Implausible script hides the plausible performances by Arjun Rampal and Nishikant Kamat
Mumbai Mafia is hugely likeable in films, because of the thrill and quality of being ‘unknown’. Be it you are a crime genre lover or not, such movies always fascinate.
Obviously, films must be interesting enough too. The thrill, the interest, the grip and the power to surprise are elements such films have when executed properly. But Daddy isn’t the daddy of this genre.
In fact, it lags too much to be listed in one of the best crime gangster dramas. The gangster here is the script and lack of originality.
Watch it If you like -
Performances by Arjun and Nishikant are the highlights, Few thrills and unpredictability keeps one engaged in parts
But Beware of -
Overall the script is weak and dragged intolerably, Convincing power and newness are missing factors in the film
Read Detail Review
Arjun Rampal’s produced film where he is the co-writer along with the director Ashim Ahluwalia, was a potentially interesting topic gone bad.
It just had a story it seems, how to turn it into a film was just random, because the script was not only weak, it had nothing new either, rather it tried to imitate other gangster sagas.
Alekh (Story) – Patkatha (Screenplay)
Portraying the life of gangster turned politician Arun Gawli, the biggest problem of the film lies in how the protagonist has been carved out, as a hesitant gangster or a ruthless murderer? Every now and then the film kept pendulating between the two and lost half of its convincing power. Agredd that the film wanted to show both the natures of Gawli but show them in pattern.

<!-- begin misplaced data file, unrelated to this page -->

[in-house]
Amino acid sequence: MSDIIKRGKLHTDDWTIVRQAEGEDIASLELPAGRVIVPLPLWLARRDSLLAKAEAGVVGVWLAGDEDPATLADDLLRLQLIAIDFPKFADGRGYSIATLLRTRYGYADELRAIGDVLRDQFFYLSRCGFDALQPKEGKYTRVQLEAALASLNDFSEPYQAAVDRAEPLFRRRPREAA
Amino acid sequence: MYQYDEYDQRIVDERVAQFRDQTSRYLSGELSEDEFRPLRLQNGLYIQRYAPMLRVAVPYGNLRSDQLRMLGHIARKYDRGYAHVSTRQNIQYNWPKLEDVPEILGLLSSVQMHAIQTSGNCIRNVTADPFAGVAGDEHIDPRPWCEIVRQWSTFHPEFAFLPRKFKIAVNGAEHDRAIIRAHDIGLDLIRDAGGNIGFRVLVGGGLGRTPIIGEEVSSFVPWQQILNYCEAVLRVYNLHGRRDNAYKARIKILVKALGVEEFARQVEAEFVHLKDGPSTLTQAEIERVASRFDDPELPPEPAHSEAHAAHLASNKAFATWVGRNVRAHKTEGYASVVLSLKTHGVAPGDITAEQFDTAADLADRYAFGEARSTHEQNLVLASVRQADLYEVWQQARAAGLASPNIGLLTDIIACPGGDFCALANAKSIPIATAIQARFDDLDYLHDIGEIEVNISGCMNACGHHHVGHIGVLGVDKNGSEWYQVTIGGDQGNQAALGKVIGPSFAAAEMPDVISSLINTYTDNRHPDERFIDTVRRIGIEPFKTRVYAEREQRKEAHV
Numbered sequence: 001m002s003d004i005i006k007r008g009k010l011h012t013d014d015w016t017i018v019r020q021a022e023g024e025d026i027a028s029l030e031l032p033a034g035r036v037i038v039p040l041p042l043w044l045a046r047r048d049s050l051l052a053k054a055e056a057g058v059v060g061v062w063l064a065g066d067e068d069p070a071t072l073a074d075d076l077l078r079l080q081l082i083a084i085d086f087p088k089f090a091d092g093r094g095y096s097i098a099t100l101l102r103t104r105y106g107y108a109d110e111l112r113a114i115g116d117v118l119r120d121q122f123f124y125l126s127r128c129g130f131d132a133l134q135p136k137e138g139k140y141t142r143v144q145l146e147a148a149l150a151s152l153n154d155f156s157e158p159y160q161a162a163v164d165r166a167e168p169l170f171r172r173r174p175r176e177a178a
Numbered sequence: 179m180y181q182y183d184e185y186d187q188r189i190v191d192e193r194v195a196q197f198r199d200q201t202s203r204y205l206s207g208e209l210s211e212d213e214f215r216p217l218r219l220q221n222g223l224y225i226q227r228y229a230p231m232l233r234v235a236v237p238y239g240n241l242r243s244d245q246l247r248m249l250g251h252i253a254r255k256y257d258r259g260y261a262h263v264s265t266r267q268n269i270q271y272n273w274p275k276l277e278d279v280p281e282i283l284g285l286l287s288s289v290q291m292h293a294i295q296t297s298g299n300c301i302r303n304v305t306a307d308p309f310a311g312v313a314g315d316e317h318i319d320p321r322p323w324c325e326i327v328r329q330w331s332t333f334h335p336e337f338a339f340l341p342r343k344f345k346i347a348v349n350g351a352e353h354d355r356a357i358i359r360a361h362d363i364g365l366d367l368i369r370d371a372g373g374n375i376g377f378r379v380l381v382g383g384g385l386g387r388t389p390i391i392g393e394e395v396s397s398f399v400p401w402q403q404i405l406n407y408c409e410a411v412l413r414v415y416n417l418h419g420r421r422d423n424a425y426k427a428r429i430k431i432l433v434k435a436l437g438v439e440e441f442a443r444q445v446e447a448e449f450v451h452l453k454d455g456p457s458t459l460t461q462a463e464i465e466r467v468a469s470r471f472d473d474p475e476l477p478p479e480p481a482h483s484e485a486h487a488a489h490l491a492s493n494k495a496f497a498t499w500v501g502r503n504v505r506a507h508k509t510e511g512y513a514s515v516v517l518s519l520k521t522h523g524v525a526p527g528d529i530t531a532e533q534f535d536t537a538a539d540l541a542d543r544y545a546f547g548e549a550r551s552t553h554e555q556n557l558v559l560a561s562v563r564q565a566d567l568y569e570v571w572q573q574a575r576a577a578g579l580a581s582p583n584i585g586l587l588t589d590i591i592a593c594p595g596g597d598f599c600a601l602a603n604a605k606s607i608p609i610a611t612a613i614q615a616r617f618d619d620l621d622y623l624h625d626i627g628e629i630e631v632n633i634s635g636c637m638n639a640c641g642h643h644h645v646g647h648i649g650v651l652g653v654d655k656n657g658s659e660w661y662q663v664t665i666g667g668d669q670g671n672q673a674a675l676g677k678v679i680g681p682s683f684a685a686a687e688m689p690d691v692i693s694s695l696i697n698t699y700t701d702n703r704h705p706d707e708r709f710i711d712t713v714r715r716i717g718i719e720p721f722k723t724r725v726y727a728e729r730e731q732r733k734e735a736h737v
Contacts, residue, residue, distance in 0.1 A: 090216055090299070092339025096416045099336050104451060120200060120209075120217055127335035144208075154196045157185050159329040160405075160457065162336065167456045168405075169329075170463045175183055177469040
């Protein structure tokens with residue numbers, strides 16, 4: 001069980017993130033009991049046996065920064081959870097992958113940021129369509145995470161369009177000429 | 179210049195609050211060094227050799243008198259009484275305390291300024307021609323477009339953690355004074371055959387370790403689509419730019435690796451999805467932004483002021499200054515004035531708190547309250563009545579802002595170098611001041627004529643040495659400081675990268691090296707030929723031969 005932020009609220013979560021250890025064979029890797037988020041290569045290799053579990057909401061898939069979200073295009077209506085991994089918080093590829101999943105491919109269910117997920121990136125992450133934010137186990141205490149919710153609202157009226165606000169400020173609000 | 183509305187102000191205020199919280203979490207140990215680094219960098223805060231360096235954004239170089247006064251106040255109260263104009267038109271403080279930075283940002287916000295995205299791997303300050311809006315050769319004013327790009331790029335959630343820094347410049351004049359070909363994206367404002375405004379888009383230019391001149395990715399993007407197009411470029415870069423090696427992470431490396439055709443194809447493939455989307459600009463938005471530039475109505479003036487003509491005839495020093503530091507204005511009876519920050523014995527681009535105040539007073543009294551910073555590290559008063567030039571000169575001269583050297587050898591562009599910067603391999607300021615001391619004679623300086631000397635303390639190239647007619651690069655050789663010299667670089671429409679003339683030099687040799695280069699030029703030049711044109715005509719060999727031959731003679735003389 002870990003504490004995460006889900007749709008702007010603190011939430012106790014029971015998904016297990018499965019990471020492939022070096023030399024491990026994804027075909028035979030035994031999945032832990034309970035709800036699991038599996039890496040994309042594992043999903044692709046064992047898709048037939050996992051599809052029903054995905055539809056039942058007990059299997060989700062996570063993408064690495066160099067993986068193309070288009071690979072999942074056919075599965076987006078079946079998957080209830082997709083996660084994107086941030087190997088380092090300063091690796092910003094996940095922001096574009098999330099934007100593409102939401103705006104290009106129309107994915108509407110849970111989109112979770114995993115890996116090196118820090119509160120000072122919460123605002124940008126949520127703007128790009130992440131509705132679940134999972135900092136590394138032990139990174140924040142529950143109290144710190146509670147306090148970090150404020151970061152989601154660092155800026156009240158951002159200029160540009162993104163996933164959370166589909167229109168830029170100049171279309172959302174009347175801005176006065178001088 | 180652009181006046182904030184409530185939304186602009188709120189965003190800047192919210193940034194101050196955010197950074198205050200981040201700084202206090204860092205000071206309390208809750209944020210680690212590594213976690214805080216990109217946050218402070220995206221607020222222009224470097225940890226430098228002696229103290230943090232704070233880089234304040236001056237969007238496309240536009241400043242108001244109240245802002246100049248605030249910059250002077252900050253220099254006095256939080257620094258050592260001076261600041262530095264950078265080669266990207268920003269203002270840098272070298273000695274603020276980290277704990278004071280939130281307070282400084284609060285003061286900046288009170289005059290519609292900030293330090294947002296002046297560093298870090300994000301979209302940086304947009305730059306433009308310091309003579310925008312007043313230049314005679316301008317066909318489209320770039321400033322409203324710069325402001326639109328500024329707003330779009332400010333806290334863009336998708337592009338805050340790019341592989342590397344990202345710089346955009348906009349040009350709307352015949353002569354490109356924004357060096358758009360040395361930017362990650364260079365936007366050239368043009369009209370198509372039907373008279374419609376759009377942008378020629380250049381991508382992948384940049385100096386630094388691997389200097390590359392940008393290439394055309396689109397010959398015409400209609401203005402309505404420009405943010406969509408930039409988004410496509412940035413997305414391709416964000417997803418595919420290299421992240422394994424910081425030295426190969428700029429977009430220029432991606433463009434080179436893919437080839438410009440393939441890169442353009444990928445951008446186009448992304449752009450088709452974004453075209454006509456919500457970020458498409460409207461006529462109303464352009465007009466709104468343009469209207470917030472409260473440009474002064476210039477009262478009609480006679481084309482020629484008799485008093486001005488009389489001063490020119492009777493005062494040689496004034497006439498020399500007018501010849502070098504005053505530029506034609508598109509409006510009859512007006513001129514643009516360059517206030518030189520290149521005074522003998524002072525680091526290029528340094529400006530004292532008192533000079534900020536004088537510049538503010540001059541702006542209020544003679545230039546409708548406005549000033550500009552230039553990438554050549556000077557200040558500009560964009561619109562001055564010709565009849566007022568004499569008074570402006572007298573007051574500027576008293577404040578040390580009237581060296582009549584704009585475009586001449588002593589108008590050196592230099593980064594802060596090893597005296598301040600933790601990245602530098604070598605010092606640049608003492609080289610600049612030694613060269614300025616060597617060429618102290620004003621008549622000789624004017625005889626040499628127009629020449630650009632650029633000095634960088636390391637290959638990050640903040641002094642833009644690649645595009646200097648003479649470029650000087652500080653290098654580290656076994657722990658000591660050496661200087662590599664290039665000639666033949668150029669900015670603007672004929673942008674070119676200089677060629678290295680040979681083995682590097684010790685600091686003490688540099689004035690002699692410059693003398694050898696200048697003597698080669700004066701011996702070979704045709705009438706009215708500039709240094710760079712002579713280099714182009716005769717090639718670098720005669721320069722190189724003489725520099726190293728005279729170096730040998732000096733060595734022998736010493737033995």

It’s a docu drama and both these subgenres were taken too seriously. The drama of encounter, shootings, arrest and so on went on continuously without making any sense. As if the film was speaking to itself and not the audience. Quite a lot was left on us to understand. The sound was not clear too, some of Arjun’s dialogues weren’t audible at all.
The docu part came in the second part, one event after the other on Gawli’s life kept happening as if in a hurry to finish off (and why not, the film was already dragged).
Fiction or not, the story telling needed to more focused and crisp and understandable. Also, the storytelling part is imitated from the 2010 film “Once Upon a Time in Mumbaai”, one of the crime sagas. It kept oscillating between present and past, but since this way is common now, it needed few alterations as per the film. And this style of storytelling requires a lot of good editing and grip which this film doesn’t have.
The whole old Mumbai look seems authentic, the actors lifted quite of the films; weight and made it a wee bit interesting.
Arjun Rampal as Arun Gawli is believably good in his role. He is completely natural in his praise-worthy act. So is Nishikant Kamat, very apt and effectual in his role.
Aishwarya Rajesh as Zubeida, the actress looked real and convincing. Anand Ingale as Babu, Rajesh Shringarpure as Rama and Purnanand Wandekar as Vijay were good in their roles too.
Geet Sangeet (Music)
Zindagi Mera Dance Dance is the only good song, perhaps its old that’s why. But despite being a great song it didn’t look good with the film; when the script doesn’t make sense, what songs will do? Anyhow, the background score on the other hand, is the second thing after the actors that elevated the film.
Nirnay (FilmyCurry Verdict)
If in the end you think why this film was made, then something was certainly wrong. It’s just a slow and weak take of an infamous gangster who is still alive and is in jail. For something like that, the rise from the seats should have been shocking and surprising but it isn’t.